Tilberi

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The tilberi (carrier) or snakkur (spindle) is a creature of Icelandic folklore, created by witches to steal milk. Only women can create and own them.

The two terms are regional variants: both are used in eastern Iceland, 'tilberi' in the north and 'snakkur' in the south and west. There are no written mentions of the creatures before the 17th century, although one 17th-century writer mentions a witch being punished for having one in 1500.[1]

To create a tilberi, the woman steals a rib from a recently buried body early on Whitsunday, twists around it grey wool which she must steal for the purpose[2] (it is sometimes specified that the wool must be plucked from between the shoulders of a widow's sheep soon after its wool has been plucked) and keeps it between her breasts. The next three Sundays at communion she spits the sanctified wine on the bundle, which will come more alive each time.[3][4][5] She then lets it suckle on the inside of her thigh, which creates a tell-tale wartlike growth.[6]

The woman can now send the tilberi to suck milk from others' cows and ewes. It will return to the window of her dairy and call out "Full belly, Mummy!" or "Churn lid off, Mummy!" and vomit the stolen milk into her butter churn.[4] To suck the milk from the animal's udder, it jumps on her back and lengthens itself to reach down; in some versions it is said to be able to reach down on both sides to suck from two teats at once. Inflammatory hardening of the udder was traditionally ascribed to the tilberi, and as late as the 19th century, animals were protected by making the sign of the cross under the udder and over the rump and laying a Psalter on the spine.[7] Butter churned from milk stolen by a tilberi will clump together as if curdled, or even melt away into foam, if the sign of the cross is made over it or the smjörhnútur (butterknot) magical sign drawn in it.[4][7]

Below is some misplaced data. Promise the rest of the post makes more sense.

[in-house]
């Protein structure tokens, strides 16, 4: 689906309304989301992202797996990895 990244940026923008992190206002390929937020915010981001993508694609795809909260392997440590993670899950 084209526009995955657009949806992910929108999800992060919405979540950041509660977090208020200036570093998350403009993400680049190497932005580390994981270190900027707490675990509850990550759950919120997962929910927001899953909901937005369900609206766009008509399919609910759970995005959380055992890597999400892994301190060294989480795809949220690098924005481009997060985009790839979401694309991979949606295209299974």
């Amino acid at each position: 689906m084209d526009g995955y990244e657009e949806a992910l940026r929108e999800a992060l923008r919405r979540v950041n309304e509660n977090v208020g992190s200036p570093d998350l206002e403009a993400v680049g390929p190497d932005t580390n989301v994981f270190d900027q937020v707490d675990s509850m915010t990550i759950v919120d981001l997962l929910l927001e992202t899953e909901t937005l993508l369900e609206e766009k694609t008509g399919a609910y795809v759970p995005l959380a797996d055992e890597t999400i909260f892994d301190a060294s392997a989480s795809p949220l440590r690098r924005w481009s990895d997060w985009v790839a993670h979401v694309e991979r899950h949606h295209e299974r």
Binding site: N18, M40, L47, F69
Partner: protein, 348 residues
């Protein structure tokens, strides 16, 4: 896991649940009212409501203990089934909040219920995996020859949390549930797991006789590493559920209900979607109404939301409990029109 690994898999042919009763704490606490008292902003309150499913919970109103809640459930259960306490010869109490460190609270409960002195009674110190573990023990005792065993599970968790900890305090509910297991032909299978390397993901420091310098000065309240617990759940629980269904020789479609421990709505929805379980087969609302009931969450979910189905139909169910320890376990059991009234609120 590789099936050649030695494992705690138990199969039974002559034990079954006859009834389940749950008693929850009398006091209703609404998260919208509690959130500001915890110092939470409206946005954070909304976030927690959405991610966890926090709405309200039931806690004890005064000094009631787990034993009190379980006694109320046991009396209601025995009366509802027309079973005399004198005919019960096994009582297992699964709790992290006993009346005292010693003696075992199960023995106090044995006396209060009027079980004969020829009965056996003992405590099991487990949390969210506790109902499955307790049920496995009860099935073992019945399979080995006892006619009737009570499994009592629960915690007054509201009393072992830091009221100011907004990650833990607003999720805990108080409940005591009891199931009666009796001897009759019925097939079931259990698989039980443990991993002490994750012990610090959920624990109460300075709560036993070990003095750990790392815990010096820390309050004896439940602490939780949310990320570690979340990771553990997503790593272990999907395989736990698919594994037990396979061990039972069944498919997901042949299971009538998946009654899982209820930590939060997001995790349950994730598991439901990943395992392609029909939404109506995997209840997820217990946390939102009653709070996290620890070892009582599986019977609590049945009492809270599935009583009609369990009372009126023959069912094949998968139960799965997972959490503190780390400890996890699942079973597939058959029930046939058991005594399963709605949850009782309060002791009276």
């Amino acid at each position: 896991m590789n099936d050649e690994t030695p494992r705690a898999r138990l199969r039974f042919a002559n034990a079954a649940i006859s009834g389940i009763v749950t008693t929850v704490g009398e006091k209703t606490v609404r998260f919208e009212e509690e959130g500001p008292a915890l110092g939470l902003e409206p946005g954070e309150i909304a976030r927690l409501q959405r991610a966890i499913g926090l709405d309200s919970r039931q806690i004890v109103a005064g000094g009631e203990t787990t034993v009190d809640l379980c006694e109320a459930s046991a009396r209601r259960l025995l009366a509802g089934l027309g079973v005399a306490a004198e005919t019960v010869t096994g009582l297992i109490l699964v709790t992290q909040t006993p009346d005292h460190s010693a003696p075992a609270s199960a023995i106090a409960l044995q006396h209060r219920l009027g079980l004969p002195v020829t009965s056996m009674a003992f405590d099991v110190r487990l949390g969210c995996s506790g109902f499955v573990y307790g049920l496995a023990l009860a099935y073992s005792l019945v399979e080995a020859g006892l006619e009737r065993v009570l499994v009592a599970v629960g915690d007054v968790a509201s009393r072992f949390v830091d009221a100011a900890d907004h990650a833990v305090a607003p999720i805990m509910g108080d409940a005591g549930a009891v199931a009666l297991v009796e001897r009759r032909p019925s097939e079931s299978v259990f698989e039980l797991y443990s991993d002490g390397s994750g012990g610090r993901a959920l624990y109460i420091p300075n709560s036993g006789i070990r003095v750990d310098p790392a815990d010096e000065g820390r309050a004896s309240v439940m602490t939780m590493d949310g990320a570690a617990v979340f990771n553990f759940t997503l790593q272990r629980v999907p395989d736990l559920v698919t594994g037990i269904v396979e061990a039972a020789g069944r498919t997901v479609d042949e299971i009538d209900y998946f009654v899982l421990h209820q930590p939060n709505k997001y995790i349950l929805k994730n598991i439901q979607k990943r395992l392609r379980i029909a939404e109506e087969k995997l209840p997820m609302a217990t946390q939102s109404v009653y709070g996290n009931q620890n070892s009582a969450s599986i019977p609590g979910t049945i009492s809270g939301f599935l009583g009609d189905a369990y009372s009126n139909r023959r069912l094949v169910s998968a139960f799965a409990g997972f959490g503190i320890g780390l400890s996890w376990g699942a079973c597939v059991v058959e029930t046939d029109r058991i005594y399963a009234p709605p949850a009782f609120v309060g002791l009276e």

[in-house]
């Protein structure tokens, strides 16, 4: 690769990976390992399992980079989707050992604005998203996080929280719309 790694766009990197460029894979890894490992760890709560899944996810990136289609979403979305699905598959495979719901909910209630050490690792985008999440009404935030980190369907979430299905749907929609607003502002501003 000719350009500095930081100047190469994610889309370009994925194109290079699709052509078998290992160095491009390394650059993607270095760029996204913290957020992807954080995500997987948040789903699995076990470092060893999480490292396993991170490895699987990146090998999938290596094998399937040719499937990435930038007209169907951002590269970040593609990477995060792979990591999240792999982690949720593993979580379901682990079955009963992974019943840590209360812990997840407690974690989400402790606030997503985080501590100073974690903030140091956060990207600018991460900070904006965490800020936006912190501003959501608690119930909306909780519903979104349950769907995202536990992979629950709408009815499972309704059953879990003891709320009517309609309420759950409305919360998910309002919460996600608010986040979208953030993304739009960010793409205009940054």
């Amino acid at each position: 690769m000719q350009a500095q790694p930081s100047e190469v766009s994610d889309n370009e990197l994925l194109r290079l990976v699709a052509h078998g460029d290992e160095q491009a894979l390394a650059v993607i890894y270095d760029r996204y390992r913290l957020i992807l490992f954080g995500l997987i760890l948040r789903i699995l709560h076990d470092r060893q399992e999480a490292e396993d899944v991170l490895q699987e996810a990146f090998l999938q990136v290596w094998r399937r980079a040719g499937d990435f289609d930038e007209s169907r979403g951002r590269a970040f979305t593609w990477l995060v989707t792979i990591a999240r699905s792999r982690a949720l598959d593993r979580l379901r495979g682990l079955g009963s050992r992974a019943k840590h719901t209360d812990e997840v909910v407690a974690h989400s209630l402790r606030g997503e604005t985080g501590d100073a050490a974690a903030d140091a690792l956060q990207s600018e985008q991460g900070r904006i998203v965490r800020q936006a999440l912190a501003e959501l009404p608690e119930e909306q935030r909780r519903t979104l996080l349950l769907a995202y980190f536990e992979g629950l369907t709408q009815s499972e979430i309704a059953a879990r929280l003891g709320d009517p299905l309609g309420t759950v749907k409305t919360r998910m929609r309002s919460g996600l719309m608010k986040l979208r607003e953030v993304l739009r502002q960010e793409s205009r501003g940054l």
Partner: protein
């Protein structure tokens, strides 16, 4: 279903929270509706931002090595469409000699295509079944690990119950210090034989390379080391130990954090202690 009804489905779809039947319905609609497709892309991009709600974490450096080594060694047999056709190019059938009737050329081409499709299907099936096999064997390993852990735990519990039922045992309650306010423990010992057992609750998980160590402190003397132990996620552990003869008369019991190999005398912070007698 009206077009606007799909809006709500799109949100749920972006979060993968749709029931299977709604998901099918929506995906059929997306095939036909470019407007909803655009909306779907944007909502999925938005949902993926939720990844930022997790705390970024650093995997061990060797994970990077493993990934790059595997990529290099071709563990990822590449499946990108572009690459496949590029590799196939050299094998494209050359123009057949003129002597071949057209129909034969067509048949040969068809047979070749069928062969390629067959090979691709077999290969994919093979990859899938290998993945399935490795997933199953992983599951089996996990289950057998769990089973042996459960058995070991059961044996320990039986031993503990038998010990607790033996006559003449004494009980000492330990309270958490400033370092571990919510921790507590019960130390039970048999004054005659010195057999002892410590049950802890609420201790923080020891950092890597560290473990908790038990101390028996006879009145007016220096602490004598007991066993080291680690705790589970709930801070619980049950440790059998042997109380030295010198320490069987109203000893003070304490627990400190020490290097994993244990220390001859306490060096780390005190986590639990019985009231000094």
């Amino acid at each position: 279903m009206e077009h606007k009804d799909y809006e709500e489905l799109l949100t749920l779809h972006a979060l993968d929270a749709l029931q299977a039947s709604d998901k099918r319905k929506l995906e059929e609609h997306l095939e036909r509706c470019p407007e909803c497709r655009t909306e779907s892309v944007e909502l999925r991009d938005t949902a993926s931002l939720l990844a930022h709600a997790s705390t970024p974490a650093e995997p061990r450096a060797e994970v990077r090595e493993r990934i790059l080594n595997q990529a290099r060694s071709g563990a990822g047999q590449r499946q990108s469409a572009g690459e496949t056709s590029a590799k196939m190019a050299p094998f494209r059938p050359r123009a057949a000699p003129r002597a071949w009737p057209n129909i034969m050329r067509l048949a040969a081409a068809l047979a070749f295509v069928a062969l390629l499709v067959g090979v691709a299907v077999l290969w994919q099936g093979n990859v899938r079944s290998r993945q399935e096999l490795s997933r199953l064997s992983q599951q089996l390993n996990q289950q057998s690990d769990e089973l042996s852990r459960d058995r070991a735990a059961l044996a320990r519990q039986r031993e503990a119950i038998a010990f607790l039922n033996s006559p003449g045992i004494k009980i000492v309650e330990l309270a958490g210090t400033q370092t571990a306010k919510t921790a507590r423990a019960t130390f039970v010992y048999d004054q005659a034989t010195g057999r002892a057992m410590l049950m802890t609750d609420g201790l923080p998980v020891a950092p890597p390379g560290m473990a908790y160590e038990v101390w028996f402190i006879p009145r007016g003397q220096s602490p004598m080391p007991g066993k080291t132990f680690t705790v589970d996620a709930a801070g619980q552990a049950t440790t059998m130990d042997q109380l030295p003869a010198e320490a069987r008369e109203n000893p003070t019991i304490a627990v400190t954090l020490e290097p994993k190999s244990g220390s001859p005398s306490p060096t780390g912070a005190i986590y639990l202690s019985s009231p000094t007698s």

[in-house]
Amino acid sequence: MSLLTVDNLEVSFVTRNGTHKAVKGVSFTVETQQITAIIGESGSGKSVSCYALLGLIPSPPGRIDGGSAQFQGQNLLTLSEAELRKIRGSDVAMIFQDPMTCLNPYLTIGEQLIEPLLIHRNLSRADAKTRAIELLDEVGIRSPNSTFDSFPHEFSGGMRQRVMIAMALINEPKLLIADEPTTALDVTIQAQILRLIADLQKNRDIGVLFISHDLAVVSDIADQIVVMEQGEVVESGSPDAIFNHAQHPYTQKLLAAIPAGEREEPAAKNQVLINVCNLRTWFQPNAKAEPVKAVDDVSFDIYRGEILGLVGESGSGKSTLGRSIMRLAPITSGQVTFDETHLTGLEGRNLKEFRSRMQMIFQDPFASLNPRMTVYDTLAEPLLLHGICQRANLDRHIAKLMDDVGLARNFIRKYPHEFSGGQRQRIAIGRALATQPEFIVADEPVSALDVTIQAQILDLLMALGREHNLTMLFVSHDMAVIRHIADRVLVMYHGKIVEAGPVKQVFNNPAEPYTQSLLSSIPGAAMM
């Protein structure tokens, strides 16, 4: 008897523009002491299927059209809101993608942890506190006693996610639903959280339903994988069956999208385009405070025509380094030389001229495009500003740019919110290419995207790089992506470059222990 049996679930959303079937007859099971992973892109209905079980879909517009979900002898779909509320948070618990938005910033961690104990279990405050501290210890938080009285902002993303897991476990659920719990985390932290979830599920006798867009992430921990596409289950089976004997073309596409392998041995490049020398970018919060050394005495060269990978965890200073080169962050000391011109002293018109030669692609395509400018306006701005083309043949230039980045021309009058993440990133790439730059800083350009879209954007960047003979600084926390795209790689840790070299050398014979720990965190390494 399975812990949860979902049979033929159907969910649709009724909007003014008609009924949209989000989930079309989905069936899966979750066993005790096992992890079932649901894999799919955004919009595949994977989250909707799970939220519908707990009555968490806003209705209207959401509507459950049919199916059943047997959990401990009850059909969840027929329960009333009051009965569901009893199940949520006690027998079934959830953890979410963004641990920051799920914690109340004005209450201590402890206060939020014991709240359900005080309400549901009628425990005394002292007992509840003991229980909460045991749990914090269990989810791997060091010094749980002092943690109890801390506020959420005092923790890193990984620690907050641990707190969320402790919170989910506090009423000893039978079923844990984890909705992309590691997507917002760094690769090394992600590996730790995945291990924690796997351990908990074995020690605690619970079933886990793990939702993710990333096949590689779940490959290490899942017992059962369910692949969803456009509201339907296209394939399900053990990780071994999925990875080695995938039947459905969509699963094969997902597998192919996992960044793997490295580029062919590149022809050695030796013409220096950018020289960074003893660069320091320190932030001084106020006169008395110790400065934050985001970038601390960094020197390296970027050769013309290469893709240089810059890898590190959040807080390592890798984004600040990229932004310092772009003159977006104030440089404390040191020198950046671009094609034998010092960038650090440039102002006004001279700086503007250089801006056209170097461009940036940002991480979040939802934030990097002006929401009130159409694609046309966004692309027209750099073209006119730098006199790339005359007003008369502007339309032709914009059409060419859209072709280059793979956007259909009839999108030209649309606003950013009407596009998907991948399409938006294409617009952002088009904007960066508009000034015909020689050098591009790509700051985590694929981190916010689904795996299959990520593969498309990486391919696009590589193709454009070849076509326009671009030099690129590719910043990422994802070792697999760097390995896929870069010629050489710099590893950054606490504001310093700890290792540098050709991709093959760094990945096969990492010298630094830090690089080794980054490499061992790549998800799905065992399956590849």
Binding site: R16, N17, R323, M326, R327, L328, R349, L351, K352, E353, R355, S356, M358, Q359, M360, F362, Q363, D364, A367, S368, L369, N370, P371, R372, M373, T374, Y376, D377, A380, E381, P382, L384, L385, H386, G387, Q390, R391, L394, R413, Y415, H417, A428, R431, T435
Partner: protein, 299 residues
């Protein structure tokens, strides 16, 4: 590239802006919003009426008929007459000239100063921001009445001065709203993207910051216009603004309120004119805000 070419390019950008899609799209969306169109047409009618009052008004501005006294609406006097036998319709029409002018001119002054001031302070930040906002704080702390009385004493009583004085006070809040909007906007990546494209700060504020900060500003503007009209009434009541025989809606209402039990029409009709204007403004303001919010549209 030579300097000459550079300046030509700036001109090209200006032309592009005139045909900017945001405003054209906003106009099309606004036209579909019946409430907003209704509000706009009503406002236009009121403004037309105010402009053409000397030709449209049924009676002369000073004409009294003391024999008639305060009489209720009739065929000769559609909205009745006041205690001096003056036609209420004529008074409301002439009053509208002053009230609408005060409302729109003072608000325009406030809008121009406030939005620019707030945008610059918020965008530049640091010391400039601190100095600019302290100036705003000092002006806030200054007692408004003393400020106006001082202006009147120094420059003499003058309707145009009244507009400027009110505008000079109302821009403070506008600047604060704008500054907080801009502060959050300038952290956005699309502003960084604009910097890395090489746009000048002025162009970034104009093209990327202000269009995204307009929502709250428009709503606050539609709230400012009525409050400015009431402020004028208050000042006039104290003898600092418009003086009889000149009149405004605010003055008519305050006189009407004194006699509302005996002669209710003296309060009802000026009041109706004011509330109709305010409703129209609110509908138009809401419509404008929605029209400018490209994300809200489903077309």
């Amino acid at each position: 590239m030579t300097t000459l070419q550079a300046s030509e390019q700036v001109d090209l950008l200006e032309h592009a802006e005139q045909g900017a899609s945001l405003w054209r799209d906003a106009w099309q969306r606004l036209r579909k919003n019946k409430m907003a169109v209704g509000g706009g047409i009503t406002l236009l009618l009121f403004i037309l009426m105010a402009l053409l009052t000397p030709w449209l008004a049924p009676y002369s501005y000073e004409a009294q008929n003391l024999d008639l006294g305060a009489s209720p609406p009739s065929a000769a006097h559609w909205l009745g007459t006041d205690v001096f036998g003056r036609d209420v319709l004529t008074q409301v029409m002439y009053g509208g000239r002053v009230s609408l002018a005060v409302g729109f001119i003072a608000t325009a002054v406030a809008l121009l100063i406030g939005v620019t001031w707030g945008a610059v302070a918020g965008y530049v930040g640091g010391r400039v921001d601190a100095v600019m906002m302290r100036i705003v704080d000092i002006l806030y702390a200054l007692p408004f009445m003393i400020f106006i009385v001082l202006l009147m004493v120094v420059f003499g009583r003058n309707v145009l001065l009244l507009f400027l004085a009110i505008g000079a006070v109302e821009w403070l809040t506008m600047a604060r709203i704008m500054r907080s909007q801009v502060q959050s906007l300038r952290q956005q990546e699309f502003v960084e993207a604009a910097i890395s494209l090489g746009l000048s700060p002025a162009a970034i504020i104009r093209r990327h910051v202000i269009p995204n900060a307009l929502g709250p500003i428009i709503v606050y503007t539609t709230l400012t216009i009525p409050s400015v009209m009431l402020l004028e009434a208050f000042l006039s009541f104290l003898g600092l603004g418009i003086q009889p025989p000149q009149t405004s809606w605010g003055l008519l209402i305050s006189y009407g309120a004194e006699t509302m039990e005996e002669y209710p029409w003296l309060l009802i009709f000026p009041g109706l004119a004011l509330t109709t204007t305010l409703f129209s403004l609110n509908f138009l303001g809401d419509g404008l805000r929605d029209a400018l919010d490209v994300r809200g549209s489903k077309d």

The tilberi also occasionally steals wool which has been put out to dry after shearing and washing; it rolls it around itself to form a giant moving ball.[8]

If the woman has a child and the tilberi manages to reach her own milk-filled breast, she is at risk of being sucked to death.[6] The traditional method of ridding oneself of a tilberi is to send it up the mountain to the common pasturage with orders to collect all the lambs' droppings; either all those in three pastures, or making three piles. The tilberi will then either work itself to death[8] or die because as an evil creature it cannot tolerate the number three.[4] Only the human bone will be left lying in the pasture.

A tilberi is very fast, but when chased it was believed to run home to its mother and hide under her skirts; her petticoat could then be tied or sewn closed under it and mother and creature either burnt or drowned together.[6][8]

See also[edit]

References[edit]

  1. ^ Simpson, Jacqueline (1972). Icelandic Folktales and Legends. London: Batsford. p. 174. OCLC 464637195.
  2. ^ Heurgren, Paul Gerhard (1925). Husdjuren i nordisk folktro (in Swedish). Örebro: Dagblads Tryckeri. p. 223. OCLC 1947125.
  3. ^ Simpson, pp. 170–71.
  4. ^ a b c d Jón Árnason (1862–64), "Tilbera", Íslenzkar Þjóðsögur og Æfintýri (in Icelandic), Leipzig: Hinrichs, Netútgafan.
  5. ^ Kvideland, Reimund; Sehmsdorf, Henning K. (1988). Scandinavian Folk Belief and Legend. Minneapolis: University of Minnesota. p. 179. ISBN 0816619670.
  6. ^ a b c Simpson, p. 171.
  7. ^ a b Simpson, p. 172.
  8. ^ a b c Simpson, p. 173.

Sources[edit]